Thursday, January 7, 2010

The 10 best foods we are eating...and how we eat them

by June

Do you get blog posts piled up in your head but then don't get them downloaded onto your blog? Sometimes I wish I had a wireless connection between my Apple and my brain. I spent the last month spinning so hard to stitch and Photoshop and bake up our holiday festivities that when I finally stopped, I spun down into a heap on the lap of my big red chair (a.k.a. Ruby Comfort, more about her later).

Now, at last, I've sprung back to the keyboard, prodded by the New York Times' most e-mailed list, particularly by an article called "The 11 Best Foods You Aren't Eating." Beets and cabbage are at the top of the list. And since I have borscht bubbling on the stove at this moment and since borscht is built around beets and cabbage from our garden, I feel compelled to throw our family's huzzah of support behind ten of these lovely foods. If all of us really aren't using these great ingredients, maybe we all just need refreshed inspiration for how to best enjoy them.

I have to admit we don't eat one of the eleven. (Well, Birch does, but the rest of us sidle out of the room when he's doing it.) I hope you'll share your ways of enjoying these enjoyable foods. Here's our variation on the theme...


We love them roasted then grated into caramelized onions and tucked into ravioli or roasted and tossed with walnuts and shards of parmesan. We like them, raw or roasted, heaped with goat cheese. We find they are especially good on an arugula salad with a lemon-and-walnut oil dressing (and since I hear President Obama loves arugula but doesn't love beets, I think he should try them together; next year, for sure, beets wouldn't get left out of the White House garden). Sometimes we grate beets raw and toss them with orange juice, lemon juice, salt, pepper and parsley. Yum.


We braise red cabbage with apples, red onions, red wine, and bay leaves on slow heat for four hours. We stir fry Chinese cabbage. We also pickle it, then stir fry the sauerkraut or dice it into nuggets to sprinkle over Chinese noodles. Birch does a mean cole slaw. Borscht makes the house feel so cozy in the winter, as do Italian bean-and-Savoy cabbage soups.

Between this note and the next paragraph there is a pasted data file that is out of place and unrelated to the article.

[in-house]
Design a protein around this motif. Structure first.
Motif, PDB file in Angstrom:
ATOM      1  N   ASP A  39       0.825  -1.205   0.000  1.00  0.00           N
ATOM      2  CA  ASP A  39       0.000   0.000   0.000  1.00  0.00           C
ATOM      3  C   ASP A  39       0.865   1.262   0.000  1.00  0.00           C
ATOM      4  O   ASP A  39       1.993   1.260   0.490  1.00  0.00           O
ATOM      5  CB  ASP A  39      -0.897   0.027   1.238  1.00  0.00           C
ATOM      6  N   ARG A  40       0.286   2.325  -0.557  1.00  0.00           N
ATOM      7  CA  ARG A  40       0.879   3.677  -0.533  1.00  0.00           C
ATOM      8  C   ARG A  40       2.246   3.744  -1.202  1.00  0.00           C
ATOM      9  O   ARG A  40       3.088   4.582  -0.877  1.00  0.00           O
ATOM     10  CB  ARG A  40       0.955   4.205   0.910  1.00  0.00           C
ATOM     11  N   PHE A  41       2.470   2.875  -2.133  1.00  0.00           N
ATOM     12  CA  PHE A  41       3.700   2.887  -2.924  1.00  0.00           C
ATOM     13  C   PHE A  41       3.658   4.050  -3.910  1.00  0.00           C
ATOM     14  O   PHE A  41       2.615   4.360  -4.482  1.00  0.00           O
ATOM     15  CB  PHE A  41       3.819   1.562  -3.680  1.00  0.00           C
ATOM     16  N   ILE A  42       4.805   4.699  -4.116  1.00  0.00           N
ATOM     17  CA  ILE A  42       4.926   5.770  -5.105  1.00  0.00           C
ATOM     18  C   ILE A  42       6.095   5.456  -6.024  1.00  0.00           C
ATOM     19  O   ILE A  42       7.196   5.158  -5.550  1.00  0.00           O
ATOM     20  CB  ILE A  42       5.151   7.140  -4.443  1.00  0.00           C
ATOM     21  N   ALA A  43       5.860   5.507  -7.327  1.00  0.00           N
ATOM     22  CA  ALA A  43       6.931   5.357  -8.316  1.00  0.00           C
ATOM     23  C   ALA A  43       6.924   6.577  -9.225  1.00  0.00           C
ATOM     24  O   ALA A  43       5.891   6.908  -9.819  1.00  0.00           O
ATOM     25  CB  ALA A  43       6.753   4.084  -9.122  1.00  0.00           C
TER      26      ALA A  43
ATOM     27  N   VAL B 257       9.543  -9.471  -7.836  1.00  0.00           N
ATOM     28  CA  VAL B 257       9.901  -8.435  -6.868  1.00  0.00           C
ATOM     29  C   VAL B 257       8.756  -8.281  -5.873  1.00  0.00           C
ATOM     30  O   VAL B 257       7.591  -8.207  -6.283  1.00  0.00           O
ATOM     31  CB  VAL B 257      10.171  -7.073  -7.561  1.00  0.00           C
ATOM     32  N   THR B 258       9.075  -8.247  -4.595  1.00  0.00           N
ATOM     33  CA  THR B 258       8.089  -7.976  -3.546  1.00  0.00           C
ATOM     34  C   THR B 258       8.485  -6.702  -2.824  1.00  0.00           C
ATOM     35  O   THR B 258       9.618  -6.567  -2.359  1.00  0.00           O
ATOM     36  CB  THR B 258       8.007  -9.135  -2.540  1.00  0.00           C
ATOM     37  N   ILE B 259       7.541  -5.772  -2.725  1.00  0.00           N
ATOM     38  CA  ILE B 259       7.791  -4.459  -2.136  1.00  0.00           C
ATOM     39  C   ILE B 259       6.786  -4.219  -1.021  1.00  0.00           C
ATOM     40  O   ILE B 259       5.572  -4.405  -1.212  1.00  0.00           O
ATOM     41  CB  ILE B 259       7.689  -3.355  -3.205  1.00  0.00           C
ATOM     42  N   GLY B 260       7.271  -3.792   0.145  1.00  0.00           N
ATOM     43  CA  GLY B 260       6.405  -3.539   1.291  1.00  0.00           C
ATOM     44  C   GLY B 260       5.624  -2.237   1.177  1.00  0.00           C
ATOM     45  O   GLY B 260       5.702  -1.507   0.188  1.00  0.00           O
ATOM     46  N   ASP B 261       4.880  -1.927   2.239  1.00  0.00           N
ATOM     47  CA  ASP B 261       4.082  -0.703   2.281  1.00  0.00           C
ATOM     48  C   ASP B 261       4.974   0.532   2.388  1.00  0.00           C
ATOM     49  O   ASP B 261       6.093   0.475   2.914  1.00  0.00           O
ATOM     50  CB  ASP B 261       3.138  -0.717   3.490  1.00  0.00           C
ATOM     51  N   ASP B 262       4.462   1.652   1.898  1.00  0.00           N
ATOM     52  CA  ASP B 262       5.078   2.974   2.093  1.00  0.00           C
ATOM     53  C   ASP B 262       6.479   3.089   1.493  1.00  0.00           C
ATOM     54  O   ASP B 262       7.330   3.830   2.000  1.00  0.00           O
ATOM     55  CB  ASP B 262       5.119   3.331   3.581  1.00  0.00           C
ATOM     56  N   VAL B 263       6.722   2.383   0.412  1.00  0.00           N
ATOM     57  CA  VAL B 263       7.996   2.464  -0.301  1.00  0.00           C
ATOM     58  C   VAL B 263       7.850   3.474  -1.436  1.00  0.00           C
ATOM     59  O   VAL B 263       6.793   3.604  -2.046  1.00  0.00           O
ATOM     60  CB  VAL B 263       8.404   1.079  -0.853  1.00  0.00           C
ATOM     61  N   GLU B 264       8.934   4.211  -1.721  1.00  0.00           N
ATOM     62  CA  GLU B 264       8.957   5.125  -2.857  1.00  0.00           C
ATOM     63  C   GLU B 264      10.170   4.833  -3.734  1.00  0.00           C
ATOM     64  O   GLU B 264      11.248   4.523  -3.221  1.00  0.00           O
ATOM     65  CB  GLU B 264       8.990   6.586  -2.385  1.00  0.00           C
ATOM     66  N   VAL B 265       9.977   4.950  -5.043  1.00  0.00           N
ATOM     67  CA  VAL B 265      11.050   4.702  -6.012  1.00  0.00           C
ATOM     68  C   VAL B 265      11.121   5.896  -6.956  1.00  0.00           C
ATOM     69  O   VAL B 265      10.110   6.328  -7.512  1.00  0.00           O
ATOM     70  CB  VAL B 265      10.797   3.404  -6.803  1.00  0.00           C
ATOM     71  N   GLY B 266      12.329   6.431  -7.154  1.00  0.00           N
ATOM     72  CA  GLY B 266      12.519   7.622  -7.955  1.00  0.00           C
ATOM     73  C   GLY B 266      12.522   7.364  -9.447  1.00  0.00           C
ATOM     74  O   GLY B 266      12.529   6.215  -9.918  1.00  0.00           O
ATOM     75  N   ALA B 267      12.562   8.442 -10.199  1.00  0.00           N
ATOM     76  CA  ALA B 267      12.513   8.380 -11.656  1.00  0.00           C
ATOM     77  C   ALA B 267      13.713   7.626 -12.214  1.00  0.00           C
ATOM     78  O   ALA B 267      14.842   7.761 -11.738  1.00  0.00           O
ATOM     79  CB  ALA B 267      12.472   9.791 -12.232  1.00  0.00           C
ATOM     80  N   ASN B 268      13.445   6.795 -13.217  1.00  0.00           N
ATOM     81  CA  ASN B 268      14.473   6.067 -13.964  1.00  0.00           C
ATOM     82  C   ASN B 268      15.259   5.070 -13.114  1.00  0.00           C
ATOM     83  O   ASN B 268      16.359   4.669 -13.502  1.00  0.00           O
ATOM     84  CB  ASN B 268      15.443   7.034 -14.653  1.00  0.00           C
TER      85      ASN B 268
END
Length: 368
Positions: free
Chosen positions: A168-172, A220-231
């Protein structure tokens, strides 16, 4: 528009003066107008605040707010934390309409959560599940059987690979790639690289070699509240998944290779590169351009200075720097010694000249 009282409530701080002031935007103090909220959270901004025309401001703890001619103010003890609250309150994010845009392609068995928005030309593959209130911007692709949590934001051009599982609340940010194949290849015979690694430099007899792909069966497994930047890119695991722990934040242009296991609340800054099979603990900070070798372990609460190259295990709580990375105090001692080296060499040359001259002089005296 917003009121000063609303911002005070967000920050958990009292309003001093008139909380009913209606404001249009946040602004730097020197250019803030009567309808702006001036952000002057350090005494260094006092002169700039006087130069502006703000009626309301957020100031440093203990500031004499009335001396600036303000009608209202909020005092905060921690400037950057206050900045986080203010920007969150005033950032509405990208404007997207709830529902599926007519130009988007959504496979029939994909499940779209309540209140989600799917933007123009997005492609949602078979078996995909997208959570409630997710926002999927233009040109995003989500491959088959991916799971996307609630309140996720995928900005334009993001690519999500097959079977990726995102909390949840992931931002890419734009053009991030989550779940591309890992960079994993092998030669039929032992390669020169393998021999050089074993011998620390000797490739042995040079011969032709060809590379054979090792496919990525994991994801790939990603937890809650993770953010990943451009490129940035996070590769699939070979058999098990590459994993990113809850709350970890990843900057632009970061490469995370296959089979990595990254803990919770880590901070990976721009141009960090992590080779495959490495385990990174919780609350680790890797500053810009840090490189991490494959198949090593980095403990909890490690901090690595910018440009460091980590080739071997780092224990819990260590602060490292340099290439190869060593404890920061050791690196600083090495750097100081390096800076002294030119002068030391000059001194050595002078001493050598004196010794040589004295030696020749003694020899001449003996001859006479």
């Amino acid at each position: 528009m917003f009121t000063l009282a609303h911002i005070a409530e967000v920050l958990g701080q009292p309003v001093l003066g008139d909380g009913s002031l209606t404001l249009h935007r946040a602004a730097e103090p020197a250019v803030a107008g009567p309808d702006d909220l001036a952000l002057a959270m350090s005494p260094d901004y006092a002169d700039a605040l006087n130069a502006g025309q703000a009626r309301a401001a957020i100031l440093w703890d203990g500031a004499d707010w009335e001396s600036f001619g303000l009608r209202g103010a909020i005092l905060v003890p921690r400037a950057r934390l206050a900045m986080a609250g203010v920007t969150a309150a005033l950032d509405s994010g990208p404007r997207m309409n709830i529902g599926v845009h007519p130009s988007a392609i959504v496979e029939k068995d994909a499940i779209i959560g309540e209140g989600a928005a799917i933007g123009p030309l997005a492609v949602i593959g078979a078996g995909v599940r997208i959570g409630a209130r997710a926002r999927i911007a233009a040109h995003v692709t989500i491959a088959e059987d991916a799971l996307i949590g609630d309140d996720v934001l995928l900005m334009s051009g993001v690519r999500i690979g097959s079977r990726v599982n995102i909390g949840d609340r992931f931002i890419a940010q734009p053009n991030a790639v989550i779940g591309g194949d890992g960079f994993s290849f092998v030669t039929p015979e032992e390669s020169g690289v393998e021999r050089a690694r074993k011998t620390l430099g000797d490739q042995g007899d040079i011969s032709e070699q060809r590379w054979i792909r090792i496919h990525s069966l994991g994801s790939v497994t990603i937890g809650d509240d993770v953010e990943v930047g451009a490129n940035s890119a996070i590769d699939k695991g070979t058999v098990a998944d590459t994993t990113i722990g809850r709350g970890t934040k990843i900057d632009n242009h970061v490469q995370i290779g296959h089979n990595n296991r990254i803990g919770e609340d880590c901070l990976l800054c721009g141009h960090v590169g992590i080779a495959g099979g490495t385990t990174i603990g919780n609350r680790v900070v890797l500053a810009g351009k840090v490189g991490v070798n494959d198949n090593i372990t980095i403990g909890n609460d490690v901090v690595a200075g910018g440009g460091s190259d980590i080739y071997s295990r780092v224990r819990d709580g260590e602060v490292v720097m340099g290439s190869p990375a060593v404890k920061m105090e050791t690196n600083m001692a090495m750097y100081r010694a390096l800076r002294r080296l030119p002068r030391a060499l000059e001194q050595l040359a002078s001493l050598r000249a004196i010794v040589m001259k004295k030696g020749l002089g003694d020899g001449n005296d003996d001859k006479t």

I admit that I love chard more in the garden than in the kitchen. But it's just that I don't like boiling it before sauteing it with garlic. Sometimes I balk at an extra step. But chard is great in bean soup. It is sheer wonderfulness as bright, tiny leaves in spring salads. By far, the best way I've found to prepare it is Tea's recipe for tzatziki.


One of our favorite spices, cinnamon ends up in granola and muffins and oatmeal and hot chocolate. Beyond breakfast, we use it in some of our favorite sauces. It is the secret ingredient in our famous spaghetti sauce; now you know.


One of my favorite childhood memories is of the time my best friend somehow procured a pomegranate. Up until then, I thought pomegranates only existed in Song of Solomon. I loved the strange cushiony bulb for the way it split into bright halves, spilling seeds. But I loved it most for the burst of astringent flavor from each taut juice pod, followed by the crunch of the grainy seed in the center. What an entertaining fruit! My girls love the fun of pomegranates too. More often, we drink POM Wonderful, which is such a clean sharp drink it has the zing of a cocktail. I think of it as juice for grown-ups, but my kids love it too...straight from the curvy bottle or mixed with lime, fizzy water, and maple syrup.